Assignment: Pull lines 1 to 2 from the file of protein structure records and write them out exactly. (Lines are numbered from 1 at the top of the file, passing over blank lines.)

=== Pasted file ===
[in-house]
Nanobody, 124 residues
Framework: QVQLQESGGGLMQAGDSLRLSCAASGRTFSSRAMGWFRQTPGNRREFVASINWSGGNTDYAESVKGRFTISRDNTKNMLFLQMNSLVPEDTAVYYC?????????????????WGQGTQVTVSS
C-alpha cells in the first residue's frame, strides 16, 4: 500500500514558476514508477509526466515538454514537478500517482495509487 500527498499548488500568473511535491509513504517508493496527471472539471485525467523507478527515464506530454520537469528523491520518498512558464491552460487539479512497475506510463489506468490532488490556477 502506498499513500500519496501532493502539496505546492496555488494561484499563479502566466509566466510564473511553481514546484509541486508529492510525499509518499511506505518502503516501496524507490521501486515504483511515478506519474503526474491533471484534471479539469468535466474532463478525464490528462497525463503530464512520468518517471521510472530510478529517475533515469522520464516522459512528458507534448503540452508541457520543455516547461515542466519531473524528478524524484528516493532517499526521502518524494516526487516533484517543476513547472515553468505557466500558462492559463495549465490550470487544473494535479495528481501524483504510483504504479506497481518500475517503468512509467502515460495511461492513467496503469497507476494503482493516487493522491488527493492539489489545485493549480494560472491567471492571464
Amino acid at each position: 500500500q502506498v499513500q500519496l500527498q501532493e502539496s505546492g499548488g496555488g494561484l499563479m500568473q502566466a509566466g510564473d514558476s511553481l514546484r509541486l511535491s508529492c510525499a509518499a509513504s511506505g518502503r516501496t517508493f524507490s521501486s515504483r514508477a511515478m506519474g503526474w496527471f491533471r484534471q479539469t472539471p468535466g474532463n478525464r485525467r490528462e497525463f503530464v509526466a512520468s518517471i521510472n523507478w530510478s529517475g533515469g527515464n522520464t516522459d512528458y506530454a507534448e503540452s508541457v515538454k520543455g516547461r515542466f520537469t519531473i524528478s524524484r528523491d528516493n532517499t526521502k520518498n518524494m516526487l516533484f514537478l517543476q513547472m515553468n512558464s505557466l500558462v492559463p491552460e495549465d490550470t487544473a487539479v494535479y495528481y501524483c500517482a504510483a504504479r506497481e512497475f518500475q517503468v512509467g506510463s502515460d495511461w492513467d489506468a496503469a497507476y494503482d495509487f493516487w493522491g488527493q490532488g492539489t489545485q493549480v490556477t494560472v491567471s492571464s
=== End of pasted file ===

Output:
[in-house]
Nanobody, 124 residues